Academic research should not be limited to students of an advance level alone, it is imperative to start acclimatising first-year undergraduate students to open up to independent academic thought. All academic institutions need to celebrate their undergraduates and give them a chance to participate in academic discourse, they need to feel welcomed, included and confident in the perspective they choose to represent.
Academia for students and staff can be a vast maze of curiosities and offer opportunities for in-depth analysis to provide clarity to understand the world around us. As students and researchers who are part of a global academic complex, it is important to ask ourselves questions about the accessibility of research, how does one explain our findings to the to members from other disciplines? An academic institution thrives on interdisciplinary co-operation, not a water bank separation between streams. Academic research should not be limited to students of an advance level alone, it is imperative to start acclimatising first-year undergraduate students to open up to independent academic thought (1). While it is true that undergraduate students might initially struggle to conceive an original full-fledged thesis statement, even a beginner’s level understanding of research methods and the ability to frame questions will help in understanding the applications of their discipline better, providing for a more curious and accepting environment for research at beginner’s level (2). In order to think critically, and to mould various contexts into their studies, undergraduate researchers should not feel limited by their degree-specific subjects; a student of microbiology should be allowed to explore literature or philosophy ushering in a perspective that may have previously not been considered. To make meaningful strides in the field of interdisciplinary research on an undergraduate level universities need to provide support, through workshops from academics both from within and outside the institution, peer mentorships between master’s level and undergraduate students and peer-reviewed papers spanning across a wide range of disciplines. Platforms to present work and ongoing snags in research will encourage a group effort to solve problems and come up with better ways to focalise academic discourse and increase patience and persistence required for in-depth study and make the entire process more accessible to everyone studying in an institution. This will help the budding researchers understand research ethics, the diversity in structures of academic arguments and provide a much-needed bridge between the faculty and the students, it gives them a chance to modify and accommodate more critical thought based on these student-led symposiums. These efforts should not be a reward for scoring well in a semester but must be beyond that; programs that feature the work of undergraduates need to be as diverse as possible, a poor performance should not stop a student from exploring their research interests and more importantly should not stop the university from providing additional support in terms of those who need it (3). This form of research needs a platform, a research meet or conference that sparks spirited debates and panel discussions both within an academic institution and between other institutions. Promising multidisciplinary research should be discussed and presented in national-level research conventions and when the parent university has a chance, should be showcased on an international level. Research experience on an undergraduate level will drum up a greater interest in advance research-based degree programs and also incorporate transferable skills like designing a presentation, tailoring ones’ work to suit an audience of varying educational backgrounds and interests, making an evidence-based case and answering questions that are integral to professional life outside the academic bubble. Furthermore, science institutions need to have sister departments in the humanities and the social sciences and vice versa, students need to diversify if not in their final years of study then at least in their first two years of their degree. One module that not only provides a different skill and perspective but an academic reprieve from the grind of their core subjects. Once again, peer mentorship across departments will provide clarity in understanding of the subject and give an insight anothers’ academic process. The subjects have to be engaging enough to students so it does not feel like a burden while simultaneously introducing them to academic critics and experts and encourage them to come up with their own arguments. Optional courses like analysis of popular films, novels and creative writing spring to mind as they are some of the many vessels that can carry interdisciplinary thought. Universities can also provide a department that administrates such activities and actively promotes student researchers of all genders, sexualities and social backgrounds because the personal experiences of the students can facilitate research and drive social change. The institution can facilitate funding for student-led research including grants and scholarships that once again need to span across multiple academic disciplines. Furthermore, it would helpful for students as well as academic guides to have a national online forum to look for previous research and discuss techniques when there are not workshops or presentations scheduled. This forum should contain the work of former undergraduates as well as a way to collaborate. To make students feel comfortable in this online setting particularly while asking and answering questions their names can be kept anonymous if they preferred it. This is by no means an idea that has been implemented in various countries around the world to integrate academic curiosity under one nurturing roof to encourage research output but, there need to be more platforms for undergraduates to interrogate their research interests. All academic institutions need to celebrate their undergraduates and give them a chance to participate in academic discourse, they need to feel welcomed, included and confident in the perspective they choose to represent. Any university’s academic discourse needs to resemble an ideological coalition and a boost undergraduate research will ensure that.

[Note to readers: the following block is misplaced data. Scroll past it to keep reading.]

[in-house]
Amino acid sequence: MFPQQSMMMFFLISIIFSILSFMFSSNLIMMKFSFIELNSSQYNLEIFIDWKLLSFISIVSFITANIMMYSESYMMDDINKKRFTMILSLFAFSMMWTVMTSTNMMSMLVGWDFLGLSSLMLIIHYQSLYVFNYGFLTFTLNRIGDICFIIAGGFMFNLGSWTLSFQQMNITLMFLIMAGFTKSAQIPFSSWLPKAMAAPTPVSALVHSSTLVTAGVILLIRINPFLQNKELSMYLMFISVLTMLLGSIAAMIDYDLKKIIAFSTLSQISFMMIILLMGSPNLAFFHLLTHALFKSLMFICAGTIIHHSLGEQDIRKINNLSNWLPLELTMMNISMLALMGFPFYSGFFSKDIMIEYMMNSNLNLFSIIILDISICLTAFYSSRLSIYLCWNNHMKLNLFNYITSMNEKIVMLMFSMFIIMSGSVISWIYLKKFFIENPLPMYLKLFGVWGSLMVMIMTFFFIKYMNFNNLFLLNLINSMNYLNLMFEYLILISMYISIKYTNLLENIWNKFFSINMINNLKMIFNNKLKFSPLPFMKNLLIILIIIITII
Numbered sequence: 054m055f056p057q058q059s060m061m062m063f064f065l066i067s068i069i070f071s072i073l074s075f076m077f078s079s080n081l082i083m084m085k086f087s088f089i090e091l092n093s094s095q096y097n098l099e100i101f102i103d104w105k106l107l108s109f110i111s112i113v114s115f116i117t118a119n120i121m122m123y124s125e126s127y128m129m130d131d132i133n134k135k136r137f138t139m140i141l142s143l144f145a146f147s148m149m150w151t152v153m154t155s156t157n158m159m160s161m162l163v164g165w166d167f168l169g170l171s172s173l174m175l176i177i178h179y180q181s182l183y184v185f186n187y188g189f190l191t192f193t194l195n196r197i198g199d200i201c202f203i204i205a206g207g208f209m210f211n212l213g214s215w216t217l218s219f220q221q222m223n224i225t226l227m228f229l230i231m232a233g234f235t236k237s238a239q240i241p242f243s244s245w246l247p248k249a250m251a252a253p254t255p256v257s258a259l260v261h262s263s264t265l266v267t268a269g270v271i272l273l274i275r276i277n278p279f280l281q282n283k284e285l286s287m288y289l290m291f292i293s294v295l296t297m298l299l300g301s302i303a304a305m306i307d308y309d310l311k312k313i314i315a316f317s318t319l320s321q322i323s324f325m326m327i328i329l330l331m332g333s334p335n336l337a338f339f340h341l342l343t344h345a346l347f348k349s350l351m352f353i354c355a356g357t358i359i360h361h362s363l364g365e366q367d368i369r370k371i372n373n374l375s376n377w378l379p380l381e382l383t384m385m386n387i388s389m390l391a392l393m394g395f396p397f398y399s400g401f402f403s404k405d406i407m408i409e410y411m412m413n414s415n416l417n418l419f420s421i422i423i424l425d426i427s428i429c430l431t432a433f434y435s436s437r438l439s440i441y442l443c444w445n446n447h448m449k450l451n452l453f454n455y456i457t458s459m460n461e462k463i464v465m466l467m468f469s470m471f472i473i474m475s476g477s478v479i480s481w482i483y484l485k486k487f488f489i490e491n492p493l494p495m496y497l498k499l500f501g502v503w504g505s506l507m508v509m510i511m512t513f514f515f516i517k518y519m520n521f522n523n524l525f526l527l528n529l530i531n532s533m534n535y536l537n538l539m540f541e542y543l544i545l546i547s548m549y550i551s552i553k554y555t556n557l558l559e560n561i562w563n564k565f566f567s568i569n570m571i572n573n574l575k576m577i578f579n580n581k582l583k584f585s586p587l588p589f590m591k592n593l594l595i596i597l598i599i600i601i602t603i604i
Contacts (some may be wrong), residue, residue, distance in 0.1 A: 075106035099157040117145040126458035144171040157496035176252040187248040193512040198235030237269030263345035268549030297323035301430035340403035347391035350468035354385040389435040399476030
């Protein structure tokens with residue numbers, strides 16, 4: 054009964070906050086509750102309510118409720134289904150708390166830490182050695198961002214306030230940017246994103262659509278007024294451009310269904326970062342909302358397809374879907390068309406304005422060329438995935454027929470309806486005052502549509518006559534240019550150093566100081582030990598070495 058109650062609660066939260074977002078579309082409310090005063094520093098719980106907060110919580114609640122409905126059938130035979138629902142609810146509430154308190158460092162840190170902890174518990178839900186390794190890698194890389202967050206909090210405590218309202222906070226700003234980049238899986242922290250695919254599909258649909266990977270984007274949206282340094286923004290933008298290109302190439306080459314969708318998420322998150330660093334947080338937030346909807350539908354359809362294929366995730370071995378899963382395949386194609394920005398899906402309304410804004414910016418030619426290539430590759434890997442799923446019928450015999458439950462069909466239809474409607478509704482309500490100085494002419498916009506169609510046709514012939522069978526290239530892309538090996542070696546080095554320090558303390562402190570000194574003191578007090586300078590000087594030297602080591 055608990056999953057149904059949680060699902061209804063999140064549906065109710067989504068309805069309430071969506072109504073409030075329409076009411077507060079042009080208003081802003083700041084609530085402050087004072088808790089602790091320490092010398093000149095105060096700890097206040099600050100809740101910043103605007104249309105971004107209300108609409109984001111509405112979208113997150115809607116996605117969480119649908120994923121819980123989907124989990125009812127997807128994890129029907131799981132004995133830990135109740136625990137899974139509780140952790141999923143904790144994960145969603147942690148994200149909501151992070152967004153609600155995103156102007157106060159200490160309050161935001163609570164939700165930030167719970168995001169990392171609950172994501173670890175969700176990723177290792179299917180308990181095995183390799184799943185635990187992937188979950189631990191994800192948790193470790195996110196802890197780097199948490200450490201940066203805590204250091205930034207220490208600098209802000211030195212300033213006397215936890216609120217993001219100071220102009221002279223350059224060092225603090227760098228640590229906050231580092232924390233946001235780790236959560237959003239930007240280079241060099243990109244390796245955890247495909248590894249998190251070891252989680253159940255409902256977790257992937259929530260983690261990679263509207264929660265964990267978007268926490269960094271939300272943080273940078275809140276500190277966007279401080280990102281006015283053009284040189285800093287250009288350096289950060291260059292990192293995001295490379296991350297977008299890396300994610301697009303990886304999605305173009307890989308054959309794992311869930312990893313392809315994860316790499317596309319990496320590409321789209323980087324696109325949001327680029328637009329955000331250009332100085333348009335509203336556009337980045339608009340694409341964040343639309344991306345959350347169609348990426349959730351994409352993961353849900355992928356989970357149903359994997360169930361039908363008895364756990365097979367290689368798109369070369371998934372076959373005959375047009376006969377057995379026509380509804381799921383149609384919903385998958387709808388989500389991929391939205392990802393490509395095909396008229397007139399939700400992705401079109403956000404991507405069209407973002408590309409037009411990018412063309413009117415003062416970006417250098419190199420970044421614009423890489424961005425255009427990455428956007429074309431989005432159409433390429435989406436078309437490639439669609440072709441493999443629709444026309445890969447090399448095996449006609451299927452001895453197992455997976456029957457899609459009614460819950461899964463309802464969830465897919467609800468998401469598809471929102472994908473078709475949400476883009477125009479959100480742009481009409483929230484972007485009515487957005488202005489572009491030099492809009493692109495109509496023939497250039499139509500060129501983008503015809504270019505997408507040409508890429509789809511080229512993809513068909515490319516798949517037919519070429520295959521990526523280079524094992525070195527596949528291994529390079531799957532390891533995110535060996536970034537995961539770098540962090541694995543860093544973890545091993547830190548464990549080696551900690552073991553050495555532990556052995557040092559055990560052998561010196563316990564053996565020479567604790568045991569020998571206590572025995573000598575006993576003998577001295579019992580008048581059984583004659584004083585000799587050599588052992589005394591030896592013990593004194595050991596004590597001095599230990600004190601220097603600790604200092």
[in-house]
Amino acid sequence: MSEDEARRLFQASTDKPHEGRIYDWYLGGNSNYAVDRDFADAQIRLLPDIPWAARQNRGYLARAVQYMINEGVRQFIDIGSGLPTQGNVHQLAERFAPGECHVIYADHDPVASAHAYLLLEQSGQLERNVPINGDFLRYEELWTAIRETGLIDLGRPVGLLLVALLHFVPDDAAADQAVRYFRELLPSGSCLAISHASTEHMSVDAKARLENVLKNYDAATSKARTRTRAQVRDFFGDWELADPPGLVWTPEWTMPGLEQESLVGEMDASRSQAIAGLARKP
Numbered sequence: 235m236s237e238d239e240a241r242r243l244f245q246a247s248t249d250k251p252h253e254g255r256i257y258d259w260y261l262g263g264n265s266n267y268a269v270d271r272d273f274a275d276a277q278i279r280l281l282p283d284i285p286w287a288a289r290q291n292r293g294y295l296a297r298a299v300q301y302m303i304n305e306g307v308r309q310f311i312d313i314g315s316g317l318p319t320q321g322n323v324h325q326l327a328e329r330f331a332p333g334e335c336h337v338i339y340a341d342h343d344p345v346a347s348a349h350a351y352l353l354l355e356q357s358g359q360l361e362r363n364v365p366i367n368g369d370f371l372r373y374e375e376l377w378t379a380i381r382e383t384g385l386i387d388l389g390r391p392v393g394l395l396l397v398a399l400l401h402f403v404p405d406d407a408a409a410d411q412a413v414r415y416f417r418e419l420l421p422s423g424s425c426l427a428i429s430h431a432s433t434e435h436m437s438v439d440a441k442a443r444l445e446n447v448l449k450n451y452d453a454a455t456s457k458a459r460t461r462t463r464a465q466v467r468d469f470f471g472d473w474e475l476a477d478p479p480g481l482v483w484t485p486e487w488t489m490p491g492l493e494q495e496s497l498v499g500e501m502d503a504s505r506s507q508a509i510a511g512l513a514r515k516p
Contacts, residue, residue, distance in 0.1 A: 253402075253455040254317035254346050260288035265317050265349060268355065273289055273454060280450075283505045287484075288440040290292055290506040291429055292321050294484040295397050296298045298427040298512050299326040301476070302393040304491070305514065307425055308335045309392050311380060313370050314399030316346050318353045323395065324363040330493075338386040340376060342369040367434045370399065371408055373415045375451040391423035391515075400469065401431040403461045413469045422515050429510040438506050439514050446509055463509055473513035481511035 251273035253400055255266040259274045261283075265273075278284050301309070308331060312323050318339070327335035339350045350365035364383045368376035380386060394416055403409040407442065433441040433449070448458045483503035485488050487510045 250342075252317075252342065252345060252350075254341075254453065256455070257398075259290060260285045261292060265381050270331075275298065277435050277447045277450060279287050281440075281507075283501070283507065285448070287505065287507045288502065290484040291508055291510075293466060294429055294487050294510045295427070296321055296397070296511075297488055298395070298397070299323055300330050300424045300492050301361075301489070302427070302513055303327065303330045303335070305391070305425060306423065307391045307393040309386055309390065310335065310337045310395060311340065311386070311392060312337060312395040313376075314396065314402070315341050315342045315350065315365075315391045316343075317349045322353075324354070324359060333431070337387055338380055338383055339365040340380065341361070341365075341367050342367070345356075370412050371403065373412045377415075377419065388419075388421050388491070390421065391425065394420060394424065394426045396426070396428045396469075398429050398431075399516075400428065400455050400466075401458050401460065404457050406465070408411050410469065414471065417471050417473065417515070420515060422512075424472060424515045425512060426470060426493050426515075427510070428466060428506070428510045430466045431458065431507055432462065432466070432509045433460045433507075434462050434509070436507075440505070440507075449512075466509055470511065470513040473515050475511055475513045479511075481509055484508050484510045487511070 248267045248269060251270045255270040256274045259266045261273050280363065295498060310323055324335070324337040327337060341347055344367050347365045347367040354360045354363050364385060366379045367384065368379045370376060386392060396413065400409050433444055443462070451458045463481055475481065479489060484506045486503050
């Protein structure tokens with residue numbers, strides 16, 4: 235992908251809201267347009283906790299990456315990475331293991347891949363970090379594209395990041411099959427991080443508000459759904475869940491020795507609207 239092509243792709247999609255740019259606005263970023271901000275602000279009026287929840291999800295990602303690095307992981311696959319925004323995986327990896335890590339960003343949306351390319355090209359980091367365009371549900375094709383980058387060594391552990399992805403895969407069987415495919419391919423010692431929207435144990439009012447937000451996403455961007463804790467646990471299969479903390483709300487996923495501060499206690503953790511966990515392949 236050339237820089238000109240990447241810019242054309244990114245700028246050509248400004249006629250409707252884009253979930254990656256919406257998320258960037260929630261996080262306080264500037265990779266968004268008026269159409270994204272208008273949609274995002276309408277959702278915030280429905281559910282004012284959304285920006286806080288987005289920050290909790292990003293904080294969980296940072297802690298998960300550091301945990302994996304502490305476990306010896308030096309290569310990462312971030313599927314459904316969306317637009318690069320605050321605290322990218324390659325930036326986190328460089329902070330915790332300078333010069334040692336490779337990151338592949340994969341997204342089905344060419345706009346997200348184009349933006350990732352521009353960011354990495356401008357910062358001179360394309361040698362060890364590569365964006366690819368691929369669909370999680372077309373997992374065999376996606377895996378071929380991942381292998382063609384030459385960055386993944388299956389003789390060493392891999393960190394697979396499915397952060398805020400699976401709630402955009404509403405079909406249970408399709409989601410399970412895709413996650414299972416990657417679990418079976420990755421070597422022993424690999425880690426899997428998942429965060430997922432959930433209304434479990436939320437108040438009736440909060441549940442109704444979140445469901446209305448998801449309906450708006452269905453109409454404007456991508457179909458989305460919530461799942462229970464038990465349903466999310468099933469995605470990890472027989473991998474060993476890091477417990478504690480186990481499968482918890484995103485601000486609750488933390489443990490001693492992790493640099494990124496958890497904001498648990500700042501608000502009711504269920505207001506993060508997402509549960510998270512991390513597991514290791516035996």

(1)Carleton, Undergraduate Research <https://serc.carleton.edu/introgeo/studentresearch/Why.html>
(2)John K Petrella, Alan P Jung. “Undergraduate Research: Importance, Benefits, and Challenges.” International journal of exercise science vol. 1,3 91-95. 15 Jul. 2008.
(3)Chad Orzel, Why Research by Undergraduates is Important for Science and Students, Forbes, July 12 2017<https://www.forbes.com/sites/chadorzel/2017/07/12/why-research-by-undergraduates-is-important-for-science-and-students/>
Uthpala Ramprasad is a third-year undergraduate student from the University of Leeds. The views expressed are personal.